We discuss how you can agree available remedies for breach of contract with the other party further below. For now, it’s worth emphasising that you cannot rely on a limitation or exclusion clause that is unreasonable or overrides statute or the general law. For example it’s not possible to exclude liability for death or personal injury caused by the breach.
When should you seek remedies for breach of contract?
Under the Limitation Act, 1980 you have six years from the date of the breach to bring a claim.
Before taking legal action you should also establish that:
- There is a sufficient link (causation) between the losses for which you are seeking compensation and the breach. You are unlikely to succeed in your claim if the breach of contract and its effects are considered too remote from the loss you have actually sustained.
- Your organisation has taken reasonable steps to mitigate or reduce the effects of the breach.
What are the damages for breach of contract?
When there is a breach of contract the innocent party can sue for monetary damages. This is the most common way to settle a breach of contract claim.
However, for some losses financial compensation won’t be appropriate and in these situations, you may be better advised to seek an equitable remedy. We discuss these in separate sections below.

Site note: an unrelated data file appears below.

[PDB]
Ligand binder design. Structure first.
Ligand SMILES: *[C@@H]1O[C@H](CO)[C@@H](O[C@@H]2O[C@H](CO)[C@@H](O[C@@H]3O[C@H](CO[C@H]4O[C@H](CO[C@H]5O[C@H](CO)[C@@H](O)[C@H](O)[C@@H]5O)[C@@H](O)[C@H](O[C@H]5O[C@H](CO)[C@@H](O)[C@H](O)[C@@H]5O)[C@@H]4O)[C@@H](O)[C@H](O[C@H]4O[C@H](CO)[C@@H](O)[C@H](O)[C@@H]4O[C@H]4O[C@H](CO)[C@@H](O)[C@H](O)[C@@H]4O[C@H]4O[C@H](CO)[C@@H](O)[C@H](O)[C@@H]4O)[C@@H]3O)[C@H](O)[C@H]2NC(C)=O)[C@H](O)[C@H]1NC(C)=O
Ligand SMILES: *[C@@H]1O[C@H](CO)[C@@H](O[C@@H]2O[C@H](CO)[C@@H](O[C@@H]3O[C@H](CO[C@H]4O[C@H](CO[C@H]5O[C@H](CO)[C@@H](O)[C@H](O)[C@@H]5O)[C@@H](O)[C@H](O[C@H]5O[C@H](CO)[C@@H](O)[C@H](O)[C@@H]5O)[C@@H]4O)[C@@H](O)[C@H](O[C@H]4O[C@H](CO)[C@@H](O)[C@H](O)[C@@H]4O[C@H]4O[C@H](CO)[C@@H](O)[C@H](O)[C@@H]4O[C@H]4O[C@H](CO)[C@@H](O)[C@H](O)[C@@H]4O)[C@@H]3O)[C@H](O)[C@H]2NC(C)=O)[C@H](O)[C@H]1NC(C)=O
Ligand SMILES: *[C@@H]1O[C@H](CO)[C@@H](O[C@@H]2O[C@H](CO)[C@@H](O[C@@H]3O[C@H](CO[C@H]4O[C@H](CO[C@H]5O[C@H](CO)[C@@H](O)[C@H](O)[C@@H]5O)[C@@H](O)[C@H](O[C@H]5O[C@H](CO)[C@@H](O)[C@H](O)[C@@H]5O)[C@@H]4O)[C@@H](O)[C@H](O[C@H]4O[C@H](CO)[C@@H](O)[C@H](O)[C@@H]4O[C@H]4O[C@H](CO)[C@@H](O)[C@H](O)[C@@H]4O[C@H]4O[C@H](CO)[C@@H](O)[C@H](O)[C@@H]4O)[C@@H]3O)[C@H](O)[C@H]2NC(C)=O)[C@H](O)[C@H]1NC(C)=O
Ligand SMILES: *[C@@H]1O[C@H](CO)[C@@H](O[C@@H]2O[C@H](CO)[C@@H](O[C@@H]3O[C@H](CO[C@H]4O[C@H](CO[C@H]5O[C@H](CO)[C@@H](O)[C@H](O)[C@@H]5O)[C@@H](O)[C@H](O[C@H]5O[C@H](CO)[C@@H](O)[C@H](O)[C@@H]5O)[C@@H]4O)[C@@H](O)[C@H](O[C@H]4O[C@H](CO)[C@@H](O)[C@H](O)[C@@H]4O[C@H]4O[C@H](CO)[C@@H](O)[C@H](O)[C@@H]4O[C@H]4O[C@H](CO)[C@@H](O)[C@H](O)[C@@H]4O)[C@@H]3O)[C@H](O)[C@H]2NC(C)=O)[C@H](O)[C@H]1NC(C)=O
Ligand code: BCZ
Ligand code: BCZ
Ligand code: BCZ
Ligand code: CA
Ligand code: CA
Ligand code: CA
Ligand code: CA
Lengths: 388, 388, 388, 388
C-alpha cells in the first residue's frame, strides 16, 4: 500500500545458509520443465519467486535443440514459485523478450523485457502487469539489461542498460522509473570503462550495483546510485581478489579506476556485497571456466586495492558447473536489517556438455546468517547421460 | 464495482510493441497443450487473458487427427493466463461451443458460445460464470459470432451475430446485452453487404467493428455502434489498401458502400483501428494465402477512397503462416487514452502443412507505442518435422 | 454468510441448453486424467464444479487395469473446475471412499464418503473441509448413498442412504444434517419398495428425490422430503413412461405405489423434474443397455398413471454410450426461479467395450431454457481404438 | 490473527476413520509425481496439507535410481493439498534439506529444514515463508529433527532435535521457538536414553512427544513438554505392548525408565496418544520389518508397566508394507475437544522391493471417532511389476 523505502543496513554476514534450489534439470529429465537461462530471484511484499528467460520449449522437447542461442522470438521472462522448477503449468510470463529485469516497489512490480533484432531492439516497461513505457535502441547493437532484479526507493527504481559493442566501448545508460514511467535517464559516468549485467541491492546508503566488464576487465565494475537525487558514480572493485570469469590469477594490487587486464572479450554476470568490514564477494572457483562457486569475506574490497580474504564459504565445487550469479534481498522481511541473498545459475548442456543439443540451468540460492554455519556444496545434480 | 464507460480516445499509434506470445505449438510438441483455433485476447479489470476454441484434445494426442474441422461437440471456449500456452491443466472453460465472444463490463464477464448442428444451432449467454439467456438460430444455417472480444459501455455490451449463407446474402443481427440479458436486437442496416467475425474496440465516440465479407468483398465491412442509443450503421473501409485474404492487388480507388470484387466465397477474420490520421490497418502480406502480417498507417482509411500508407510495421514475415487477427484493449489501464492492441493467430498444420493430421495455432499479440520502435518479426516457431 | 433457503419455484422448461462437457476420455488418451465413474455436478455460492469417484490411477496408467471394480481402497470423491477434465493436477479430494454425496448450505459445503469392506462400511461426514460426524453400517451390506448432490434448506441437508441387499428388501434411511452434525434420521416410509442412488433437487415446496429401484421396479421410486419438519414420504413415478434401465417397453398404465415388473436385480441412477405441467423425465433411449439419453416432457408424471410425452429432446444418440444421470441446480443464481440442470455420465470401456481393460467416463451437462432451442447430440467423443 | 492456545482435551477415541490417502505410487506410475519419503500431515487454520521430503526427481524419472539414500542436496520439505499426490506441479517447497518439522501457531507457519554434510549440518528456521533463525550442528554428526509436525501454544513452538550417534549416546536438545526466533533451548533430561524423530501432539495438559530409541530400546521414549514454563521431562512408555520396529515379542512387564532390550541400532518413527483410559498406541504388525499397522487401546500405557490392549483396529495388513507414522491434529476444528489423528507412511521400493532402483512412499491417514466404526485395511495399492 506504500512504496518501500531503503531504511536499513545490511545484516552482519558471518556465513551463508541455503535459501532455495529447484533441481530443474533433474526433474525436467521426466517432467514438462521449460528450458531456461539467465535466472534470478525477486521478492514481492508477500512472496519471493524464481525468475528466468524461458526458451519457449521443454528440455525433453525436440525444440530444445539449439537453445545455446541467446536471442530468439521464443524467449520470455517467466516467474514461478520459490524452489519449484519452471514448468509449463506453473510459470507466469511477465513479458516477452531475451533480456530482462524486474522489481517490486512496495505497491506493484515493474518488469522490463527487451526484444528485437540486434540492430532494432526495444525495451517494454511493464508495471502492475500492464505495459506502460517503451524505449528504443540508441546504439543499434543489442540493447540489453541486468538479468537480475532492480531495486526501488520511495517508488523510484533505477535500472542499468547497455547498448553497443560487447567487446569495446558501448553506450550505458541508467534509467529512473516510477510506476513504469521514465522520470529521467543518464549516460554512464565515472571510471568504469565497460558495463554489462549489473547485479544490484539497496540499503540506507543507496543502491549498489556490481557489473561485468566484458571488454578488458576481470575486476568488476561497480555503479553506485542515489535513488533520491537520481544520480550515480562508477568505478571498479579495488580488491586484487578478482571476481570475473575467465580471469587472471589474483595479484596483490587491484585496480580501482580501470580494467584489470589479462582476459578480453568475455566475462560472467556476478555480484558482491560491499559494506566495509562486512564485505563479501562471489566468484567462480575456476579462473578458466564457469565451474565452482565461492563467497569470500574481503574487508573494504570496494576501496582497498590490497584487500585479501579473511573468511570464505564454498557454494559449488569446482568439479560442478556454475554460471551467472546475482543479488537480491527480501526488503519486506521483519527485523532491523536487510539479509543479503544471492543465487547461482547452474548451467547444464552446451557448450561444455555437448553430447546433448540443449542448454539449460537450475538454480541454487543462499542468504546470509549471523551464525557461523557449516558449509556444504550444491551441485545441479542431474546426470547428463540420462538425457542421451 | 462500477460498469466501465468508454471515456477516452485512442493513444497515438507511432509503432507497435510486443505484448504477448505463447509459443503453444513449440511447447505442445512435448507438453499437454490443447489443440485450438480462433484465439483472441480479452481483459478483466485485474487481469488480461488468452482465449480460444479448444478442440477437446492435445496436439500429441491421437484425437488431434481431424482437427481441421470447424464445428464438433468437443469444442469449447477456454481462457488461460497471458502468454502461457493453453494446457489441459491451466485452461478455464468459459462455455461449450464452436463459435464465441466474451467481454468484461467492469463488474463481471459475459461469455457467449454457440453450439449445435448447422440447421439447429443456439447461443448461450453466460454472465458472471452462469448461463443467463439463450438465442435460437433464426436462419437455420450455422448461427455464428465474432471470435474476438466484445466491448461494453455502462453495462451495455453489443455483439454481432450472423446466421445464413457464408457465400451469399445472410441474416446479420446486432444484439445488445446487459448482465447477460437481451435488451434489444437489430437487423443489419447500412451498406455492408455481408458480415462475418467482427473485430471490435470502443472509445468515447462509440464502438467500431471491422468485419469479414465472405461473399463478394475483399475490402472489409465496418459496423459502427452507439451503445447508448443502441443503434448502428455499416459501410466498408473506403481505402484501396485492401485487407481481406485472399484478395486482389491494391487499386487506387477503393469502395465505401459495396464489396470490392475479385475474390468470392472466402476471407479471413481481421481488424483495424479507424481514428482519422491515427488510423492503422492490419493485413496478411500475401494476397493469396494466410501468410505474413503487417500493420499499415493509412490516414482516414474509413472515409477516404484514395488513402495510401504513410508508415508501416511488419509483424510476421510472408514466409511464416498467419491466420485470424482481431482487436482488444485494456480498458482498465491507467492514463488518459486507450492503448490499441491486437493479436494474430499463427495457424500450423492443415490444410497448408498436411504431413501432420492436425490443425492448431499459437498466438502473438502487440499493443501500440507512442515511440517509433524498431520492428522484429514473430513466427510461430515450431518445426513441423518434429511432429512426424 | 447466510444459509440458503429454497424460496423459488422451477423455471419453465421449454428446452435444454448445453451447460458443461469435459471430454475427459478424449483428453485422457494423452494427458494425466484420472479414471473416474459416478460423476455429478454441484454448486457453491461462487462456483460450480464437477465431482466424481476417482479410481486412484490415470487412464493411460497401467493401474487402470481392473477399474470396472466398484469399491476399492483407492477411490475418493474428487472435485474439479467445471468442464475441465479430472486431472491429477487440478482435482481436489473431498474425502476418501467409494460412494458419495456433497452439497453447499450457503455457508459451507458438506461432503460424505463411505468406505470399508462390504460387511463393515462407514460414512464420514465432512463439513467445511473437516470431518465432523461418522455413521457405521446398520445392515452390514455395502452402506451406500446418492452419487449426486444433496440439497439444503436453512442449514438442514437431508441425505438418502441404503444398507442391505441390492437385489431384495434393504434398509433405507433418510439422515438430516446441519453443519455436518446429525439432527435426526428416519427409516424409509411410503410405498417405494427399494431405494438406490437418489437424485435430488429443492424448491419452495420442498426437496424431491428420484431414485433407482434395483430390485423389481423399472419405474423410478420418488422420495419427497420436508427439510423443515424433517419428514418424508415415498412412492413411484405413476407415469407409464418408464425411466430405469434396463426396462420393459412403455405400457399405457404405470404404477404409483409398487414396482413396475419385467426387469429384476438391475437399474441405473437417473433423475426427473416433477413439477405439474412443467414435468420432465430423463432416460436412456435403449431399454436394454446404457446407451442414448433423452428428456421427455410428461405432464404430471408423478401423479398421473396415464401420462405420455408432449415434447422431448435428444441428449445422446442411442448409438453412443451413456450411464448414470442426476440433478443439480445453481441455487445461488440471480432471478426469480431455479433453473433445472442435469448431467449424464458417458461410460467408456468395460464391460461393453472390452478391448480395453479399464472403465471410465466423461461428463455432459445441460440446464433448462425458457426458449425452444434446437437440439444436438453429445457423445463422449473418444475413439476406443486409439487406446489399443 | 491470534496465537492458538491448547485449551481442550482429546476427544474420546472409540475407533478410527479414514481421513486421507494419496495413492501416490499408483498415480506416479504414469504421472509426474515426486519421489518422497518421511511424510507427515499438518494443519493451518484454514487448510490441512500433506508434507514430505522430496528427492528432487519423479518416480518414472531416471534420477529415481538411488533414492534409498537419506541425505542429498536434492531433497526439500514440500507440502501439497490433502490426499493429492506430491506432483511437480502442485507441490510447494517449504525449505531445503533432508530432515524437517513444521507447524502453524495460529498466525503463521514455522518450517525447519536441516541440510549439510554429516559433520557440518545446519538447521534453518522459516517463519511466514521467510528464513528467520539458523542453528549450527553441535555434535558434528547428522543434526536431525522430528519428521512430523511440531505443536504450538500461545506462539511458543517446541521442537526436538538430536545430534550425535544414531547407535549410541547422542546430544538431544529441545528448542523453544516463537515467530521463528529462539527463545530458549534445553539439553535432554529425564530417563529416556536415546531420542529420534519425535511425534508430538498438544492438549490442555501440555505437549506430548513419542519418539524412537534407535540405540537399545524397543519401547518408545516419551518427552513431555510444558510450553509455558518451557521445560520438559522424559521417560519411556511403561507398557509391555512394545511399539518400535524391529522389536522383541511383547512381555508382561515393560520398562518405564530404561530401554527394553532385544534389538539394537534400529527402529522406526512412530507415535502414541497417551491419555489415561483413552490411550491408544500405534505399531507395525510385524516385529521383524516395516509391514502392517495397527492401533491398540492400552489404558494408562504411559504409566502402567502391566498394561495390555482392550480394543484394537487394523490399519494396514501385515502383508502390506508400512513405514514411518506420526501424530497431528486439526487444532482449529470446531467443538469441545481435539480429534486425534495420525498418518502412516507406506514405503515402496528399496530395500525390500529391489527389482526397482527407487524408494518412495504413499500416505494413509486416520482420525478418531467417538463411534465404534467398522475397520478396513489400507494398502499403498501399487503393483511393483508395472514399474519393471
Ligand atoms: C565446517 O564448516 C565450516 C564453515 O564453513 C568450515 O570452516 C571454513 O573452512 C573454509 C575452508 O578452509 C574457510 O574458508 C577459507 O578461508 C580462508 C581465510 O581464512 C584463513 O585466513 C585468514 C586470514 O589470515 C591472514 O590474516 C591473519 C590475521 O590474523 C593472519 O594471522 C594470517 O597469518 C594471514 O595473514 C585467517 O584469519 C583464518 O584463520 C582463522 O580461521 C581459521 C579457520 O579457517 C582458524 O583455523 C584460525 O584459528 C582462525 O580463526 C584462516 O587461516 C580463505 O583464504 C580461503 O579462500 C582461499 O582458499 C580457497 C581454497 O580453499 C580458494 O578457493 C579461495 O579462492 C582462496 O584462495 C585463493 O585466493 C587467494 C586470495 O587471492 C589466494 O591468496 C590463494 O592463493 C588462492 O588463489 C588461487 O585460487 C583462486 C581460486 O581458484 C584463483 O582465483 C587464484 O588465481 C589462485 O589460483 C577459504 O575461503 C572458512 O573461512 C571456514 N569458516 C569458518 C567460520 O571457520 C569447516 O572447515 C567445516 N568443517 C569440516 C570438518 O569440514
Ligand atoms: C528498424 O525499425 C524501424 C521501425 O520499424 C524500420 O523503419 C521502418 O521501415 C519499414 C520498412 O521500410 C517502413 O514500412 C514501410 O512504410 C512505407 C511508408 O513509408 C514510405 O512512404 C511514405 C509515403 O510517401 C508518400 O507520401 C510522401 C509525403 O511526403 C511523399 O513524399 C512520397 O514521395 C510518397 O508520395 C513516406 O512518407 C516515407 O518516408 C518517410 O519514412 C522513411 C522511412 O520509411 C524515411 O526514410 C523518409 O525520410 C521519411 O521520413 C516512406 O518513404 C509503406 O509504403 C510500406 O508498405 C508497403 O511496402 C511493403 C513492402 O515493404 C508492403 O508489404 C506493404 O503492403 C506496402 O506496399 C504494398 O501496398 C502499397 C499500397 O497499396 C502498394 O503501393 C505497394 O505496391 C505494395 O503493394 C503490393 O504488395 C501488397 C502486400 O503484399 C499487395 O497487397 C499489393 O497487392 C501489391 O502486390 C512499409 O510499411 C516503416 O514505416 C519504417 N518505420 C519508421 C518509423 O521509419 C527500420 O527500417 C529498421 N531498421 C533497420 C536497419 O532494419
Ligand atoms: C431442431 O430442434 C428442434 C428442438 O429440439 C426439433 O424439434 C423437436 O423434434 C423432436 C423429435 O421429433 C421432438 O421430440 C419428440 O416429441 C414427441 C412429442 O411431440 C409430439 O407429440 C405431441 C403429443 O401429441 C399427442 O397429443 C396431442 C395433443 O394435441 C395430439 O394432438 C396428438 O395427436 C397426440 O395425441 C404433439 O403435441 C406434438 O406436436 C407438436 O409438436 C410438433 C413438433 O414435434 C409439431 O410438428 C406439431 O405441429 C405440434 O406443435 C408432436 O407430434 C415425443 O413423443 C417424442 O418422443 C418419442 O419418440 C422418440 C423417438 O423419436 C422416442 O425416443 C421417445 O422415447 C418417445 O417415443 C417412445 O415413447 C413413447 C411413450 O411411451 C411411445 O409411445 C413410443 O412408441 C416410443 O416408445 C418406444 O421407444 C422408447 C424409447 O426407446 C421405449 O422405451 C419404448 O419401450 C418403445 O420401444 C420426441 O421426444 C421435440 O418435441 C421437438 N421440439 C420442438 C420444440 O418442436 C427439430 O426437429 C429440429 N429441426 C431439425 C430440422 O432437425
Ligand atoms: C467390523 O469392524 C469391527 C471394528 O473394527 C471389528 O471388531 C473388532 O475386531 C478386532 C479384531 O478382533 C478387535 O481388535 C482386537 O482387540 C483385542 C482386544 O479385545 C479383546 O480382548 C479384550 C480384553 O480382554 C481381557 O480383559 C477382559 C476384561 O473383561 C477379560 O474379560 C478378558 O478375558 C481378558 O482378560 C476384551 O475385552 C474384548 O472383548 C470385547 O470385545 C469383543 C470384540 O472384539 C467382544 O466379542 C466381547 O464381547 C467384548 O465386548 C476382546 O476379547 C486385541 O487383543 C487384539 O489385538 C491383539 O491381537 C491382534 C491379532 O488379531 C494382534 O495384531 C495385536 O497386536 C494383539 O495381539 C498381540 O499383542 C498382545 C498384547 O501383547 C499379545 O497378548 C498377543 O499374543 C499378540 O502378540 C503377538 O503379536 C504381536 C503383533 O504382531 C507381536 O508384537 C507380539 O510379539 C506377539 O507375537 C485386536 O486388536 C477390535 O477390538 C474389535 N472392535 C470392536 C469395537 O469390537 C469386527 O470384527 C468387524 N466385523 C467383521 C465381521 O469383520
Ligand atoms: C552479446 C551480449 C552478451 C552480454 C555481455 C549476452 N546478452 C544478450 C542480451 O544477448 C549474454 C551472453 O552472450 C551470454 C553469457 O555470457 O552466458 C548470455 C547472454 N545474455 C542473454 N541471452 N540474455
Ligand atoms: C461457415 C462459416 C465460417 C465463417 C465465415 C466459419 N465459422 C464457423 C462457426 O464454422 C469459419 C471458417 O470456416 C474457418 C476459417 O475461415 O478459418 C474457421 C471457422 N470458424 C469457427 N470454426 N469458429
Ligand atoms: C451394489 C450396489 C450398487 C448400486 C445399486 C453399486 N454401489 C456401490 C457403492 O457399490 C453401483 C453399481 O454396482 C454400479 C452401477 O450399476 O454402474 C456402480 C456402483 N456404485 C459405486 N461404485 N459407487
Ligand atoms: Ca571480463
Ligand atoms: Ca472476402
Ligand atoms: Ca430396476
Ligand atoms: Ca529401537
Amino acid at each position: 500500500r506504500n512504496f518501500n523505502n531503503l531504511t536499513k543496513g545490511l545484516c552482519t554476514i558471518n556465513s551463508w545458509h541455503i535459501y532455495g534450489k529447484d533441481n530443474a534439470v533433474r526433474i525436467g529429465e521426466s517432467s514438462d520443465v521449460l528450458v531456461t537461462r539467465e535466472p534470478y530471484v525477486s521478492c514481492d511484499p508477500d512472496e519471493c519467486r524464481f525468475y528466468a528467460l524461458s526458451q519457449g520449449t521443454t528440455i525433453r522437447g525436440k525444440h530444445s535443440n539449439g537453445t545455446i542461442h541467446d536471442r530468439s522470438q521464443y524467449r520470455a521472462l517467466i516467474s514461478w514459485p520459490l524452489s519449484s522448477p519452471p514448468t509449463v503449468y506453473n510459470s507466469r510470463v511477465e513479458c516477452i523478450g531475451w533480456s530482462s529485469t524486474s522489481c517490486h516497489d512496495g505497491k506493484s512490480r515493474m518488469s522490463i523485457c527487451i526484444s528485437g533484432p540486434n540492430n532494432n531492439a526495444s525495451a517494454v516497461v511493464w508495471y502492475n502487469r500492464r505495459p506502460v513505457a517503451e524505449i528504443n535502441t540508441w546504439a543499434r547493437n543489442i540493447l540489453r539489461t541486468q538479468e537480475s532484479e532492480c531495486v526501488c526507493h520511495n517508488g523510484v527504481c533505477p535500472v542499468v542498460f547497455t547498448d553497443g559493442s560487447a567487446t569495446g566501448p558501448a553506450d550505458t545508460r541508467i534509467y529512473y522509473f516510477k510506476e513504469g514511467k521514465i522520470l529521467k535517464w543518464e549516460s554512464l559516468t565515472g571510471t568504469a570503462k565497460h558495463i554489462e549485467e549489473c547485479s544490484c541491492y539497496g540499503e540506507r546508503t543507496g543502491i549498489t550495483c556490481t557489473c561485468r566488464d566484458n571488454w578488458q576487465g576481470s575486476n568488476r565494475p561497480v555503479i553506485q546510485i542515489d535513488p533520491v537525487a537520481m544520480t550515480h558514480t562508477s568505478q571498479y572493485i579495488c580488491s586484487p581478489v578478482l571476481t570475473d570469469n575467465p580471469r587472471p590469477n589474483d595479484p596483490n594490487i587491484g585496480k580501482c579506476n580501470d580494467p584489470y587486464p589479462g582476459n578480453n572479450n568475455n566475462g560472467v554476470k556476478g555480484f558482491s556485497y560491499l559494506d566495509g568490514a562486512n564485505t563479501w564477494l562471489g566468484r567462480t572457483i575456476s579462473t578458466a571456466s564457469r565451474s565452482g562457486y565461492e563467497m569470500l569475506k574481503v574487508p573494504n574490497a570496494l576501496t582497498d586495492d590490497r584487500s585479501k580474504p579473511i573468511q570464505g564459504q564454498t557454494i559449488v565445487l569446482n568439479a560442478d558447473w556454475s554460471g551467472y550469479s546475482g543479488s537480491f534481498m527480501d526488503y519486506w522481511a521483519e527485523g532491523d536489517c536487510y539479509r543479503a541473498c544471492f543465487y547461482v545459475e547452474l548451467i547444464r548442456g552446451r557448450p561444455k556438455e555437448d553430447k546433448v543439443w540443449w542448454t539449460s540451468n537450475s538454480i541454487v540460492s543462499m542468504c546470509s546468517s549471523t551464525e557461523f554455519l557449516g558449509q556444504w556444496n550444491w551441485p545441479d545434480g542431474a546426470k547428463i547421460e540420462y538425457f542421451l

Returning to monetary damages, in principle you are entitled to an amount in damages that places you in the position you would have been if the other party had not breached the contract. This will include costs you incur engaging someone else to fulfill the contract as well as your loss of profit arising from the breach.
How to calculate damages for breach of contract
Calculating damages caused by a contractual breach is rarely straightforward. But it’s up to the claimant to prove losses and this will often involve answering many hypothetical questions, including how third parties would have behaved if the breach hadn’t occurred and how events would have unfolded without the breach of contract. In addition, the claimant will have to show causation and lack of remoteness as well as mitigate the damage to be successful in any claim (see above).
What are advance payments?